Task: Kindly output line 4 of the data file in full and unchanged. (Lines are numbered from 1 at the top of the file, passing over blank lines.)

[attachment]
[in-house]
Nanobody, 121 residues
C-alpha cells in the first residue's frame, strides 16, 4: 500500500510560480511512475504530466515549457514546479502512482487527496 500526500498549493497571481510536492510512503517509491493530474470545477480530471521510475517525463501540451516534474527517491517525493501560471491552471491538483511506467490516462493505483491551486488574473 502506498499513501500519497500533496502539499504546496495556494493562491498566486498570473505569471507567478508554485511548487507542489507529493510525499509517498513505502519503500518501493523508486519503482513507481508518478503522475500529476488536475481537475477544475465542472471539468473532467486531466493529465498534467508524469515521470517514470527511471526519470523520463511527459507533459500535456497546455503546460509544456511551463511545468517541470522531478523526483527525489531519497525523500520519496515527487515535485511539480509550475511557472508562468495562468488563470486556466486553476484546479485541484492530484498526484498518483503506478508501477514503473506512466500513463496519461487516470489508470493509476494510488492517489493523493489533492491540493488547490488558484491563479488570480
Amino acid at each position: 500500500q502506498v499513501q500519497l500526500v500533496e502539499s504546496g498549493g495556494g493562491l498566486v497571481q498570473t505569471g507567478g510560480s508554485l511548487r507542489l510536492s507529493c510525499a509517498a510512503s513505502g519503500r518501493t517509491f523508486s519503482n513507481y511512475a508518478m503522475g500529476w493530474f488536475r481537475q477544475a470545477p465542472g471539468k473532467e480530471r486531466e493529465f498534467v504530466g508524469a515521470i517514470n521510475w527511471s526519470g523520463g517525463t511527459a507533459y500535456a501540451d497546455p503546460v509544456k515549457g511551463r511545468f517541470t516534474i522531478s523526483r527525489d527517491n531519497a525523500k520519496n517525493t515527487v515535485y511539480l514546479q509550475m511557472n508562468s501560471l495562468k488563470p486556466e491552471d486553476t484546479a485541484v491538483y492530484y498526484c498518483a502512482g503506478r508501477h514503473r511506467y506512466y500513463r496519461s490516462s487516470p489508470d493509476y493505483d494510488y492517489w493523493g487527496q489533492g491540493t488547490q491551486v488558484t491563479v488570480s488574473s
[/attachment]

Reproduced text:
Amino acid at each position: 500500500q502506498v499513501q500519497l500526500v500533496e502539499s504546496g498549493g495556494g493562491l498566486v497571481q498570473t505569471g507567478g510560480s508554485l511548487r507542489l510536492s507529493c510525499a509517498a510512503s513505502g519503500r518501493t517509491f523508486s519503482n513507481y511512475a508518478m503522475g500529476w493530474f488536475r481537475q477544475a470545477p465542472g471539468k473532467e480530471r486531466e493529465f498534467v504530466g508524469a515521470i517514470n521510475w527511471s526519470g523520463g517525463t511527459a507533459y500535456a501540451d497546455p503546460v509544456k515549457g511551463r511545468f517541470t516534474i522531478s523526483r527525489d527517491n531519497a525523500k520519496n517525493t515527487v515535485y511539480l514546479q509550475m511557472n508562468s501560471l495562468k488563470p486556466e491552471d486553476t484546479a485541484v491538483y492530484y498526484c498518483a502512482g503506478r508501477h514503473r511506467y506512466y500513463r496519461s490516462s487516470p489508470d493509476y493505483d494510488y492517489w493523493g487527496q489533492g491540493t488547490q491551486v488558484t491563479v488570480s488574473s